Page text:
Third-quarter financials boasted the mobile unit's first profit in three years, spurred by sales of its smartphones.

W. David Gardner, Contributor

October 28, 2010

3 Min Read

Barnes Motorola Droid X

Motorola Droid X

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Motorola Droid X

Riding the success of several Android handsets, Motorola's cell phone unit reported its first profit in three years as the company dressed up its financials in preparation for splitting the company in two early next year.

The third-quarter report, announced Thursday, also featured a 6% sales increase to $5.8 billion for the entire company. Already scheduled to shed its mobile network infrastructure to Nokia Siemens Networks for $1.2 billion, Motorola has committed to next year's breakup because its dominant investors believe the parts of the company broken up will be worth more than the whole.

The best -- and most surprising -- news in the report was that the phone unit shipped more than 9 million devices. The company said it has introduced 22 smartphones this year and 3.8 million of them were shipped in the last quarter.

"In the third quarter, Motorola Mobility showed positive momentum across the business, with Mobile Devices reaching profitability for the first time in over three years and [the Home operation] continues to maintain its leadership position," said Sanjay Jha, Motorola co-CEO and Motorola Mobility CEO, in a statement. "As we continue to make progress across the organization, we remain focused on further improving our financial results and pursuing the delivery of best-in-class software and hardware experiences to consumers and business users."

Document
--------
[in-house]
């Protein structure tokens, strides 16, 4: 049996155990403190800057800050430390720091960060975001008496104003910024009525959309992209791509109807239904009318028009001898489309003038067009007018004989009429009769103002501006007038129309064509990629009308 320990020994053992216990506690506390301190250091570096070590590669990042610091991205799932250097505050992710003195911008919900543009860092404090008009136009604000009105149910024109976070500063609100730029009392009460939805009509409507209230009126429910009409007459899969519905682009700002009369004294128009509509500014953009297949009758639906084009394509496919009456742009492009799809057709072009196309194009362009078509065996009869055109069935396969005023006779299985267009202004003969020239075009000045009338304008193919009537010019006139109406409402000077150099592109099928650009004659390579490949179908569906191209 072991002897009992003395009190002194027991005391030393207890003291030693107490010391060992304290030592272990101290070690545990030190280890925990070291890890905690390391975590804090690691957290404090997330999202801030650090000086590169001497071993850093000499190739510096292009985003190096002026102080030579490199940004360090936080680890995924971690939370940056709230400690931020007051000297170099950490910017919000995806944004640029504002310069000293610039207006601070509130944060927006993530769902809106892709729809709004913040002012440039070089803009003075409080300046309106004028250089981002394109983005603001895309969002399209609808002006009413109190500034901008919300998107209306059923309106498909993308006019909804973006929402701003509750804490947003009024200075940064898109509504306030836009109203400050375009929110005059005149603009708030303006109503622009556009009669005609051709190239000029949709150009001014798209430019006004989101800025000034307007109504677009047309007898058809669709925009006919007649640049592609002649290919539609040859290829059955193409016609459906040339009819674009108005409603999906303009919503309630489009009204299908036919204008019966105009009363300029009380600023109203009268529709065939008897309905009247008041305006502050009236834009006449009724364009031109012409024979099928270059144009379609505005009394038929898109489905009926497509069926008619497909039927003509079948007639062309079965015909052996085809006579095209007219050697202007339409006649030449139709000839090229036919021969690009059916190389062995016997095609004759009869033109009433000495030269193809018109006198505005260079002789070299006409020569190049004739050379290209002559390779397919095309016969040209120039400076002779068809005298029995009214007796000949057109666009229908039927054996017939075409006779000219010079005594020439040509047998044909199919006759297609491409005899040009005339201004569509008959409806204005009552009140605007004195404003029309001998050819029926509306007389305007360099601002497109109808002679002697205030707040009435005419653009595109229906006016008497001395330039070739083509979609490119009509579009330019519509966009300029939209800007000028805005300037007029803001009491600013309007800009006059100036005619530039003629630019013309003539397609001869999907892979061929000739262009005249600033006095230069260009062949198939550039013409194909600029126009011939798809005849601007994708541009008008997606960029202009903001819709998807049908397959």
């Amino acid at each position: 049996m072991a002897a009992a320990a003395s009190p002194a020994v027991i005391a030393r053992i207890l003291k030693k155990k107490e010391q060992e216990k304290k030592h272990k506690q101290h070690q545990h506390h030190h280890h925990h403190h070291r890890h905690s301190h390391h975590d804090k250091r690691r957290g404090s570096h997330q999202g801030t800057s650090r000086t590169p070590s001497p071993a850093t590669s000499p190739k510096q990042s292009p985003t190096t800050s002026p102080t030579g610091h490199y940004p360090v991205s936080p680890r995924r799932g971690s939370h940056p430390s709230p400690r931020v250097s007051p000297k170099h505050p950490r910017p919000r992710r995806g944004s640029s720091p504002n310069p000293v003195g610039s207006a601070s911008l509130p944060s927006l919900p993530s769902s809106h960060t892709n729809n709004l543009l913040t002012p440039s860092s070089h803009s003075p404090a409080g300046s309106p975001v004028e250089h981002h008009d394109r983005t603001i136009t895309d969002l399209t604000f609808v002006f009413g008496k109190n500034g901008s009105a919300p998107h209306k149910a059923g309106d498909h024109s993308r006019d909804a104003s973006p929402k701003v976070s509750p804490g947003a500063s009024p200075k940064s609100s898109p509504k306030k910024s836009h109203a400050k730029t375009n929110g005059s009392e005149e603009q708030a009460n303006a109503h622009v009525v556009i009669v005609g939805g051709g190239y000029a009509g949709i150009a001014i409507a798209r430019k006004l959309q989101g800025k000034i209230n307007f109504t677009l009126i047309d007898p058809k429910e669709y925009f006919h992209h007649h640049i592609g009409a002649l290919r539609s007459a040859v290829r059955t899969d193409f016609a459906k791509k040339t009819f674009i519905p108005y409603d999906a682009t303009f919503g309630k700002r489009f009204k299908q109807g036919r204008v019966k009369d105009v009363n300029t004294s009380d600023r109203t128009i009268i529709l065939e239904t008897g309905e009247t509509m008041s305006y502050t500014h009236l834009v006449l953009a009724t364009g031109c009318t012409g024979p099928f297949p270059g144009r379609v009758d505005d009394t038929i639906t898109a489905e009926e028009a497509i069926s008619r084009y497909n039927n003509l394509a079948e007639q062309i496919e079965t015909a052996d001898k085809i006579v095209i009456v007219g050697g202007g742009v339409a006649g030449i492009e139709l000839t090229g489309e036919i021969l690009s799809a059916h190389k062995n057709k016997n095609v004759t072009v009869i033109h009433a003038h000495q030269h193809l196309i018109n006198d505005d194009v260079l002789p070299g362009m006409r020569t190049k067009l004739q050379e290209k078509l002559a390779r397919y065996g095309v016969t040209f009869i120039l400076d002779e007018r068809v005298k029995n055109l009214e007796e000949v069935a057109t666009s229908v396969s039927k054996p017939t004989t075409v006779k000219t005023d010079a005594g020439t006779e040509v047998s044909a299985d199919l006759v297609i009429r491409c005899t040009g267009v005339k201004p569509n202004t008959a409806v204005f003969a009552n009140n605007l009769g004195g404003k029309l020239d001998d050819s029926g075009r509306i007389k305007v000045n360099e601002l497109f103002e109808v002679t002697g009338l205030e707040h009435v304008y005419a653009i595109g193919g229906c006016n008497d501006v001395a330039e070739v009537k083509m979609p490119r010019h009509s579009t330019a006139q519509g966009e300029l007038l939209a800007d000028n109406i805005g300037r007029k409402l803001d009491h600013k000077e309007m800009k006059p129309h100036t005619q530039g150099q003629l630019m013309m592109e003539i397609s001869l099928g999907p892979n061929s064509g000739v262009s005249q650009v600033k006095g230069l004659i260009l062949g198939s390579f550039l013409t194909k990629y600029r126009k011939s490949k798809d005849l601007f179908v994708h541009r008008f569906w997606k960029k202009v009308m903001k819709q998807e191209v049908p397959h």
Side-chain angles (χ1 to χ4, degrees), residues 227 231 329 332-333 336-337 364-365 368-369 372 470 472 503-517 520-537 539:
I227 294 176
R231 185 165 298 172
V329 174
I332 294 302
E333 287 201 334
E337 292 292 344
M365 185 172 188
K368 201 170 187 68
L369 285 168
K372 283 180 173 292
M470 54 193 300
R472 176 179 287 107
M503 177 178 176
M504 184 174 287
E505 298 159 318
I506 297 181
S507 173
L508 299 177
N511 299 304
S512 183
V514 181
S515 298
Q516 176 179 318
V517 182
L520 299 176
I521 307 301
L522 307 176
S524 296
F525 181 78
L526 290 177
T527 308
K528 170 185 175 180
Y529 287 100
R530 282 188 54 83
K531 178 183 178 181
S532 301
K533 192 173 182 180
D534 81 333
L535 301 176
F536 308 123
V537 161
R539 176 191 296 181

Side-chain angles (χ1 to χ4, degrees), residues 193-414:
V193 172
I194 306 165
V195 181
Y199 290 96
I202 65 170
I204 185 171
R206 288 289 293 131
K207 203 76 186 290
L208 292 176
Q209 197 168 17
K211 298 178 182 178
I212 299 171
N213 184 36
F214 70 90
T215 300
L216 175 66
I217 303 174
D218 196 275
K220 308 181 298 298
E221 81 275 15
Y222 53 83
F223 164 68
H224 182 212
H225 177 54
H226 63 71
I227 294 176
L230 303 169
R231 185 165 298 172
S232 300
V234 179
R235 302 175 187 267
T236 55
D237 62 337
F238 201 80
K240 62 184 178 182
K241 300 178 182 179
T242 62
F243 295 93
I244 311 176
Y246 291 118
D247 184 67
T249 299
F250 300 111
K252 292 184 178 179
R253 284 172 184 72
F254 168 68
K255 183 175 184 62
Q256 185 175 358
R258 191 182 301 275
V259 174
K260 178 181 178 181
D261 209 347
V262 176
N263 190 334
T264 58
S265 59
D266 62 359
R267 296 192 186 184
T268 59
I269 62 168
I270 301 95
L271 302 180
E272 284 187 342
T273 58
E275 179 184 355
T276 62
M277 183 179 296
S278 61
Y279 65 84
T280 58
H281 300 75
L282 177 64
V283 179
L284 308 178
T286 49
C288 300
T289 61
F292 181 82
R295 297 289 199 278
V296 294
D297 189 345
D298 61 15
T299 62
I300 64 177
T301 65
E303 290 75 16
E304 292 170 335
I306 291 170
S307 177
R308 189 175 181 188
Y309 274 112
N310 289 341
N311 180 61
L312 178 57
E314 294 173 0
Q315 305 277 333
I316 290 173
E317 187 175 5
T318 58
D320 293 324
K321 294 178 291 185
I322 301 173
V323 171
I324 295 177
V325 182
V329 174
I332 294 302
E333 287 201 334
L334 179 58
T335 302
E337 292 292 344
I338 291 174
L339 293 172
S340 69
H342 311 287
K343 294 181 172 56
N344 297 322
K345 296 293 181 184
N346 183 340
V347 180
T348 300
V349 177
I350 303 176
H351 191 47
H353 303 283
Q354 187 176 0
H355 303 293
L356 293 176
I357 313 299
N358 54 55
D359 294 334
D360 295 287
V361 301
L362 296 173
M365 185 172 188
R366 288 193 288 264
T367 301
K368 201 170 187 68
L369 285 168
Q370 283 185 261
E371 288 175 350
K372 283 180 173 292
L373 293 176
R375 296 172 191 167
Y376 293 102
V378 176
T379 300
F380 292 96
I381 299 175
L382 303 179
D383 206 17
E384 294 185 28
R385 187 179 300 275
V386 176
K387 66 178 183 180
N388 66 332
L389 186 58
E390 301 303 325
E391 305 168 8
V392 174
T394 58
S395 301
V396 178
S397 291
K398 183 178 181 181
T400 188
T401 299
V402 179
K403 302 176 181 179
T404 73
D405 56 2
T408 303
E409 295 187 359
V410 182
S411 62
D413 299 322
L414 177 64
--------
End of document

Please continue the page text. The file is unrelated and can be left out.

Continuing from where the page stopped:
Jha was brought in from Qualcomm two years ago to staunch the bleeding and redirect Motorola's cell phone operation after it had been knocked off its pedestal by a brace of handset makers led by Nokia and Samsung and more recently by Apple's iPhone and Research in Motion's BlackBerry.

Jha said Motorola's recently announced Droid X is selling "extremely well" along with the company's Droid Pro.

Motorola's major sales agent is Verizon Wireless, which markets several Motorola Android phones. Their partnership may be facing a new problem, however: With Verizon widely reported to be preparing to offer Apple's iPhone, will Motorola's Android phones take a back seat to the popular iPhone?

In an analysts call after the Motorola earnings were announced, Jha said he believes Verizon will continue its investment in Motorola phones, although he didn't give any specifics on the number of Motorola phones that Verizon has been selling.

Motorola's other main unit -- Enterprise Mobility Solutions -- reported a 9% sales gain year-over-year to $1.9 billion. The company said its old iDEN infrastructure business is now bundled into the unit as the once high-flying operation continues to tamp down.

Enterprise Mobility Solutions noted that it had landed important contacts in the quarter, including a $50 million federal government grant to expand broadband access in the San Francisco Bay area.

"In enterprise markets," said Greg Brown, Motorola co-CEO and Motorola Solutions CEO, "we continued to experience double-digit sales growth in all four geographic regions we serve. Additionally, our public safety business remains resilient."

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